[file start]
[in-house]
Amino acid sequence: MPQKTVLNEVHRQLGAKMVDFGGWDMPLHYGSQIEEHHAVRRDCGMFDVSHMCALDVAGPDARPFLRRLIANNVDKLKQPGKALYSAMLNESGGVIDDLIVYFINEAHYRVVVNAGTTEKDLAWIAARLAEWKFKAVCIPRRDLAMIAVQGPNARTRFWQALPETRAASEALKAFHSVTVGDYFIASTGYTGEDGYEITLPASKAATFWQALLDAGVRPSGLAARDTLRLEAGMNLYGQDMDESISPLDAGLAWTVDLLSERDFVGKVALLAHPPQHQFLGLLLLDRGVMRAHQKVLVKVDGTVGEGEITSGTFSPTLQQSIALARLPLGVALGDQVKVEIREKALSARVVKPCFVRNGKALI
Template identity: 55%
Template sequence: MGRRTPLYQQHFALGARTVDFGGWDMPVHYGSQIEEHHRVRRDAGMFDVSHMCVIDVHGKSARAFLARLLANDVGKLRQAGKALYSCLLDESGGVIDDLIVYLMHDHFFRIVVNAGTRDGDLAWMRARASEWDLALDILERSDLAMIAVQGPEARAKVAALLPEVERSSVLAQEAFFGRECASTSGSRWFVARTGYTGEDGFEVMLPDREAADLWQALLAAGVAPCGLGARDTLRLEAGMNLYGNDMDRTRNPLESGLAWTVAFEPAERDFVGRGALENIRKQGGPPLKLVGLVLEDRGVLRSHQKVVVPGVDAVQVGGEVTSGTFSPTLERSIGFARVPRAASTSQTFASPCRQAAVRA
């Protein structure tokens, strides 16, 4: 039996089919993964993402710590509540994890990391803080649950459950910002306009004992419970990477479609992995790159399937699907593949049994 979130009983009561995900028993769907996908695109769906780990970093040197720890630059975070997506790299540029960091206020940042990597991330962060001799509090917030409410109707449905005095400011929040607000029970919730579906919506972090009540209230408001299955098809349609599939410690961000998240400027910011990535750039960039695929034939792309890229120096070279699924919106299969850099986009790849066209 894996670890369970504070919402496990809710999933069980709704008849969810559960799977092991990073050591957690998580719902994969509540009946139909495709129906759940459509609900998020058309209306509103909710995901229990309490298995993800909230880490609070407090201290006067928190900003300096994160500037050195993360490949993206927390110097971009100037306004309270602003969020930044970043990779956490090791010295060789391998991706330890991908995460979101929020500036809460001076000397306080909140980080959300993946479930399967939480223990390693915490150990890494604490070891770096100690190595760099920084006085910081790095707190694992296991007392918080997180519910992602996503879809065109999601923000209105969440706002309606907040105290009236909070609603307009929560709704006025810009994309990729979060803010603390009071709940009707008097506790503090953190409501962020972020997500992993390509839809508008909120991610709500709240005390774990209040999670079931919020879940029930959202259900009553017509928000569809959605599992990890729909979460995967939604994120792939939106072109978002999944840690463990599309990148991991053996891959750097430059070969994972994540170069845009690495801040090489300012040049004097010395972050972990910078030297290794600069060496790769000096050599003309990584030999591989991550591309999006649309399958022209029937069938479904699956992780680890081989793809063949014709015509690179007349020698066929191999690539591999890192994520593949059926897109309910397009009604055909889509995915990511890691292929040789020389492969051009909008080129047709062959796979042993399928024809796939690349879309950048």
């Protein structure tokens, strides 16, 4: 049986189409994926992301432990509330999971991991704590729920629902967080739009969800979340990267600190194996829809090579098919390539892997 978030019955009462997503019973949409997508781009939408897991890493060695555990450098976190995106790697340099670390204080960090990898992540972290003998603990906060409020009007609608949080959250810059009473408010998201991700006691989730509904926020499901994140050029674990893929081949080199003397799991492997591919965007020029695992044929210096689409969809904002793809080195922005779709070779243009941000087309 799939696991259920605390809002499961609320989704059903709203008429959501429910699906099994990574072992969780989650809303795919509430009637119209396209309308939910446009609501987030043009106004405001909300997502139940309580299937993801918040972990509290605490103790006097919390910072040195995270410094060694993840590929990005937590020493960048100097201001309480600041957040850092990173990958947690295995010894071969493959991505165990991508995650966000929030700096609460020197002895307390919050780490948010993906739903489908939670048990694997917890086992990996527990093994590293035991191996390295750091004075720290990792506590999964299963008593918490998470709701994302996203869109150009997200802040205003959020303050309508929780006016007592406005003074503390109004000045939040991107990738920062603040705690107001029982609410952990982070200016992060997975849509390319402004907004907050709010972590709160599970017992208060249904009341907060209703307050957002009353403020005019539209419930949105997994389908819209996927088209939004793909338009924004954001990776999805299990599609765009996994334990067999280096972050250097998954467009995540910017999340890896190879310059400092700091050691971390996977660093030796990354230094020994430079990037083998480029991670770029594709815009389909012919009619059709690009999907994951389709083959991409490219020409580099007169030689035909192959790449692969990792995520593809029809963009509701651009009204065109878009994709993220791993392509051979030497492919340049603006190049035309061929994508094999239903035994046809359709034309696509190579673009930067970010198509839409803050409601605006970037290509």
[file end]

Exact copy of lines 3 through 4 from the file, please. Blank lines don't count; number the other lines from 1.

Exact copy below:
Template identity: 55%
Template sequence: MGRRTPLYQQHFALGARTVDFGGWDMPVHYGSQIEEHHRVRRDAGMFDVSHMCVIDVHGKSARAFLARLLANDVGKLRQAGKALYSCLLDESGGVIDDLIVYLMHDHFFRIVVNAGTRDGDLAWMRARASEWDLALDILERSDLAMIAVQGPEARAKVAALLPEVERSSVLAQEAFFGRECASTSGSRWFVARTGYTGEDGFEVMLPDREAADLWQALLAAGVAPCGLGARDTLRLEAGMNLYGNDMDRTRNPLESGLAWTVAFEPAERDFVGRGALENIRKQGGPPLKLVGLVLEDRGVLRSHQKVVVPGVDAVQVGGEVTSGTFSPTLERSIGFARVPRAASTSQTFASPCRQAAVRA